You prepared your bag for the day, you charged your batteries, formatted your cards, and dusted your lenses. But have you forgotten anything? Here is what is also important to think about for a blissful day of shooting.
Do you remember when you were a kid and you insisted on wearing your new shoes that day in the city? And that you regretted it after an hour? Well, you're an adult now. So, it's less likely that you will make this same mistake. You will choose your footwear cautiously.
There is nothing worse than having to shorten a photo session because your feet hurt. Be sure to wear shoes that you feel comfortable in and that you know well, not a pair you just bought. Usually, sports shoes are not the best choice for a city trip. Made for jumping or running on courts, they might not be the most adequate for trampling in the streets. But I might be wrong, and you know your feet better than me.
Ideally, the ones you will pick absorb shocks, are made of fabric that can breathe, and are waterproof. A sole in Vibram is also very valuable.
It may sound obvious to take water for a walk in nature, but it can also be scarce in a city. Shops may be closed because you forgot that it's a public holiday. Hot days may leave small stores empty or too distant from where you are. Street vendors are sometimes illegal and sell overpriced, lukewarm bottles. And you may urgently need water to take medication, even a simple painkiller. A small bottle that you slip in the bag may save your day!
This is not only a question of fashion. After all, why not be smartly dressed when creating images?
A light scarf has many purposes. After two hours of walking on a sunny day, you enter an air-conditioned museum or restaurant. Cold air can be treacherous. A scarf is sometimes enough to prevent you from getting cold.
In some unfriendly environments, you may want to be discreet or avoid attracting attention to you and your gear and quickly hide your camera. Simply slide it under your scarf.
Looking for a place to sit in the grass? Here, it serves as a comfy and clean layer.
A sudden burst of dusty wind? Our cameras dread sand and dust. Simply wrap your scarf around yours.
Sun, rain, or snow? A cap will keep your head cool, dry, or warm.
Obviously, an umbrella, although very efficient, wouldn't be convenient. How do you manage holding it and your camera at the same time?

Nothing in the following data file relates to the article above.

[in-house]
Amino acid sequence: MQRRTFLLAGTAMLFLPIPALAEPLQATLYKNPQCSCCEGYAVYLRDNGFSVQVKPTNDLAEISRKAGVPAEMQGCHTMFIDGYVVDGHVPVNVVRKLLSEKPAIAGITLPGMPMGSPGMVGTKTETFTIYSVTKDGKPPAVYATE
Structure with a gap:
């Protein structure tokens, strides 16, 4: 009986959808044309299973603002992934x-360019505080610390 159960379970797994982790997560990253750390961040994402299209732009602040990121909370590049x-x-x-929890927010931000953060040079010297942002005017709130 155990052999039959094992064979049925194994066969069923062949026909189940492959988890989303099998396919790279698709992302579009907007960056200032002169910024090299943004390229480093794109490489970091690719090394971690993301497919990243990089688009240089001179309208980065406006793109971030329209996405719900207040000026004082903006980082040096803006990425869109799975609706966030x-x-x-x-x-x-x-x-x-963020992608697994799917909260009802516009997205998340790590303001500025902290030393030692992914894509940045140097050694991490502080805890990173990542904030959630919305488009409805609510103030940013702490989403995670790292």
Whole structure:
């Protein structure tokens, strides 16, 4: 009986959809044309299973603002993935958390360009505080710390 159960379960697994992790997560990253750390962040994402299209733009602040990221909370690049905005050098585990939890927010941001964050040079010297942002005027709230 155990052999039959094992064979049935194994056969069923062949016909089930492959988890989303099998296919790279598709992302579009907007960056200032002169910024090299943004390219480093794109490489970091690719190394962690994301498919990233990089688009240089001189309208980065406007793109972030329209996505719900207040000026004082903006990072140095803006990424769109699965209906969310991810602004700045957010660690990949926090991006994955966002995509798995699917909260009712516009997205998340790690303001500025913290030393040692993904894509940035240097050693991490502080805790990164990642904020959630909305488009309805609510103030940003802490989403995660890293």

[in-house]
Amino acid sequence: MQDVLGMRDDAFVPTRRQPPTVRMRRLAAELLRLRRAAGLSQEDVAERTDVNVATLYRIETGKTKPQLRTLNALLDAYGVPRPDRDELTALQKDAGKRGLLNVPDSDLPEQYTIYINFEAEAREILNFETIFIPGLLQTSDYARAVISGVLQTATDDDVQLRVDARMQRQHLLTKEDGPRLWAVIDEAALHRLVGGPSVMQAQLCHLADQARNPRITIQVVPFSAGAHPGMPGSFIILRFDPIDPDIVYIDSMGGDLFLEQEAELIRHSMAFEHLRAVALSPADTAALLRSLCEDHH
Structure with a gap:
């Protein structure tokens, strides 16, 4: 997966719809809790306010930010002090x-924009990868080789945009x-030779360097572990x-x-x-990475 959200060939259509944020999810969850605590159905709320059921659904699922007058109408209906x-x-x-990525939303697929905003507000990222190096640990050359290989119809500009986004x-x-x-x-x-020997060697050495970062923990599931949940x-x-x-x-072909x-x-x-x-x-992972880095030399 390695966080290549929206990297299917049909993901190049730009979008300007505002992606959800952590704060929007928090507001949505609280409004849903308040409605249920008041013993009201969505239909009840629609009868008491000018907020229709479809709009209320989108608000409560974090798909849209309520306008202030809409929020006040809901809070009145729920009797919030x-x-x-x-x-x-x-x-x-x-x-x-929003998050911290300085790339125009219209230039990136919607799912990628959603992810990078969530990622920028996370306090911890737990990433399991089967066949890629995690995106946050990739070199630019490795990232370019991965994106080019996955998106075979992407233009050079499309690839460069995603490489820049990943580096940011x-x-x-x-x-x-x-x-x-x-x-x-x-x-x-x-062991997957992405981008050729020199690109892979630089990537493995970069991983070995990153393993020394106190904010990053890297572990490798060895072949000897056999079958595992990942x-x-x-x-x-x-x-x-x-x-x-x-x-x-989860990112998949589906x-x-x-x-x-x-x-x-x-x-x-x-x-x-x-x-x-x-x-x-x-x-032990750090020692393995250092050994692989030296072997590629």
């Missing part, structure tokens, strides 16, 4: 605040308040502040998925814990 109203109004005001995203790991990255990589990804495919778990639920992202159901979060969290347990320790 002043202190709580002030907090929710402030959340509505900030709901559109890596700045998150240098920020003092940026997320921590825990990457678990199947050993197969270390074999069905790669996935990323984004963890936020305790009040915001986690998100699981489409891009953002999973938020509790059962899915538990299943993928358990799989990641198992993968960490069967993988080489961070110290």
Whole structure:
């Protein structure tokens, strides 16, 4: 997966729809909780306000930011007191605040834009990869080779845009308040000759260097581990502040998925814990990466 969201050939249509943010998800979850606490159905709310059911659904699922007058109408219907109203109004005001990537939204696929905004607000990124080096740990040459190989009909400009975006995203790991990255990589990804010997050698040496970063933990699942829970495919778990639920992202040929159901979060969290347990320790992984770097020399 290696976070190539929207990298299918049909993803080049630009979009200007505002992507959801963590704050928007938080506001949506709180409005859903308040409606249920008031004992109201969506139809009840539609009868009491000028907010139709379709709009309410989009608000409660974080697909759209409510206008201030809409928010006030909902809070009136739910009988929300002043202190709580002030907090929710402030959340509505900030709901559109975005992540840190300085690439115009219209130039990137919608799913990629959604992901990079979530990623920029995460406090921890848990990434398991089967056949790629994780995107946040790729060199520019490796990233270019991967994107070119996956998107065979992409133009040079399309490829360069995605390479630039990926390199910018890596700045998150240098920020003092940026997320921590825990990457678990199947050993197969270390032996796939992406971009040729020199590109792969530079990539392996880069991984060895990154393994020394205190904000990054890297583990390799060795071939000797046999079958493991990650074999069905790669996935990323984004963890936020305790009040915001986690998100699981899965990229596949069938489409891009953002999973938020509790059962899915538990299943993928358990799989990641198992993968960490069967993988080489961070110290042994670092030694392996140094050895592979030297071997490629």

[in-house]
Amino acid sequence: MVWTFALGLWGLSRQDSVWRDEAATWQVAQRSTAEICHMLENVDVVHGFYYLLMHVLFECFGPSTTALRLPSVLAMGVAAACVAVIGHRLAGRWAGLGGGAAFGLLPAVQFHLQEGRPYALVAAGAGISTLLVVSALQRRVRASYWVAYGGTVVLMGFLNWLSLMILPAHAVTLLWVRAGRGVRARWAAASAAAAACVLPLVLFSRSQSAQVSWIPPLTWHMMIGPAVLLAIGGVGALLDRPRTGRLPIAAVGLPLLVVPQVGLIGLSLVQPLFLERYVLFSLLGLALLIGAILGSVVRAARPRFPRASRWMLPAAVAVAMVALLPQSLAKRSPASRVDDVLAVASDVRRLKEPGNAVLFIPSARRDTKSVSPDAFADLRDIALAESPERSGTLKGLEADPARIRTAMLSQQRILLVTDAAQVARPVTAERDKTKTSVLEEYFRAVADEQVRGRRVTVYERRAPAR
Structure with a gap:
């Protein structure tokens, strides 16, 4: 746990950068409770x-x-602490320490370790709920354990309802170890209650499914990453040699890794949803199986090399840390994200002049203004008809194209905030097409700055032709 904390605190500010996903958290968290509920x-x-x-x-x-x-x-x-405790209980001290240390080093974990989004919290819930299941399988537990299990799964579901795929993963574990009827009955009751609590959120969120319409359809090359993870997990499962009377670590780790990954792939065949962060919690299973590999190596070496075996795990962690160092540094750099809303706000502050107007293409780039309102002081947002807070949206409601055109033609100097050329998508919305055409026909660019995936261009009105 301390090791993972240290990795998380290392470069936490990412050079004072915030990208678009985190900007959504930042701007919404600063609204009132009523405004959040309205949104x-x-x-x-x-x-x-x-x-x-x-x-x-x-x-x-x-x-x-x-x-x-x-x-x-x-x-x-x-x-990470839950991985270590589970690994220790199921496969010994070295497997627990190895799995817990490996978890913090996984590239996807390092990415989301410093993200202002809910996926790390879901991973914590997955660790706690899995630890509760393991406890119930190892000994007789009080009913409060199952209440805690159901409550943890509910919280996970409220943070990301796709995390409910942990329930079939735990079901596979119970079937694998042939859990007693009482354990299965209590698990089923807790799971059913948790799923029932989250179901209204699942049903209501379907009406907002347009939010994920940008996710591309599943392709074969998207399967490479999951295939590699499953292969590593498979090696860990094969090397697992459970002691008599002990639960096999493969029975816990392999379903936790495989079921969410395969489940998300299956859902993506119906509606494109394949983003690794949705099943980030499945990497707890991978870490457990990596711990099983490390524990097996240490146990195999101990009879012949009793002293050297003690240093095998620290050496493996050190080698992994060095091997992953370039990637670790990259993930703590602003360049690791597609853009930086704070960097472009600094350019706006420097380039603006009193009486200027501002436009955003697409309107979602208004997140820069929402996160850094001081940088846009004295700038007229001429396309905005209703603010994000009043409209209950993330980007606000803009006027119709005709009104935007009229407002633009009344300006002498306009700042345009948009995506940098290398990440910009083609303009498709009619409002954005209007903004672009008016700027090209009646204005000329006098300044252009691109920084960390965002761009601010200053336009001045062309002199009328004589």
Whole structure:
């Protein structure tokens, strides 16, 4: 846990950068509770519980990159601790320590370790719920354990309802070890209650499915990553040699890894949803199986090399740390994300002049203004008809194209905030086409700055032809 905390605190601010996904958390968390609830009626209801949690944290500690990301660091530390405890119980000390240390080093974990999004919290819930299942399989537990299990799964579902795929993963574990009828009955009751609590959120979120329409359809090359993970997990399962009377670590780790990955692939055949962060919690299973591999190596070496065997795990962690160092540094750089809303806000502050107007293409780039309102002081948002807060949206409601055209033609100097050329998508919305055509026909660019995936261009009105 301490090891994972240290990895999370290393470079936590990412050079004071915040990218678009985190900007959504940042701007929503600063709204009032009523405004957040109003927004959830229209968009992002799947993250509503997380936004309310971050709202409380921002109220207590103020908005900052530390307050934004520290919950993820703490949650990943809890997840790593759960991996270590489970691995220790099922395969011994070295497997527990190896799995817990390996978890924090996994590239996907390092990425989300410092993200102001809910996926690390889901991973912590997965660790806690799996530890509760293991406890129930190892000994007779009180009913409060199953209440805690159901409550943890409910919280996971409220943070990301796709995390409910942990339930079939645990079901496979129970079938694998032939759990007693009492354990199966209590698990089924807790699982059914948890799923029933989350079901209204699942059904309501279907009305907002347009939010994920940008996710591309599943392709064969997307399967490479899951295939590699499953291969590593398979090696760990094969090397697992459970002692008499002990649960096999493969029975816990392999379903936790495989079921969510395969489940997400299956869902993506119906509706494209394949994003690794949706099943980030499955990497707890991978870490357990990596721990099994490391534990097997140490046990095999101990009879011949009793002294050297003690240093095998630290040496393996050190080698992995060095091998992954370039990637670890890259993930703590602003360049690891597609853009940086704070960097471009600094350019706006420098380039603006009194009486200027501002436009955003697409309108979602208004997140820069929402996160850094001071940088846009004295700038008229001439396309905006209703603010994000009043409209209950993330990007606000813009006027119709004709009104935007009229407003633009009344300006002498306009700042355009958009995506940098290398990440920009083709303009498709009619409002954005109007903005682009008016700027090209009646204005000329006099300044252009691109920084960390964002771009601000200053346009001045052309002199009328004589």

Don’t underestimate harsh sun or the heat that you lose through the head. Why let your ears freeze and suffer when it’s easy to prevent?
If you were confident enough not to take any jacket and weather conditions got worse, it’s time to draw your ultimate weapon: the poncho.
I agree that it makes you look like a folded parasol on a deserted beach, but it’s very efficient. Moreover, it’s light and small. Disposable cheap version exist, easy to slip in a pocket or a bag.
There's no need to be a CEO, Patrick Bateman, or a famous photographer to carry your own stylish business cards.
Even in the digital age, they are proven to be useful to keep in contact with people you meet. Not everyone is comfortable with mobile phones to the point of being swift enough to register a contact or take notes.
Those cards will display your name, your preferred way to be contacted (Viber, WhatsApp, etc.), and your social media (Instagram, TikTok, etc.). Stick to the standard size and shape for your area.
Bring along some blank ones: they will allow you to write notes, such as the date, place, hour of shooting, and the contact information of someone you promise to send a photo to. Back home, when you copy your files to your hard drive, be sure to take out those annotated cards from your pockets or wallet and store them in a fancy cardholder on your desk.
Those items can make the difference between an awful shooting day and a successful one. Most of them are too small and cheap not to consider them.
I know it doesn’t help with your Gear Acquisition Syndrome. But, let’s be honest, you never wanted to cure it, am I right ?
Also, feel free to add your own items in comments!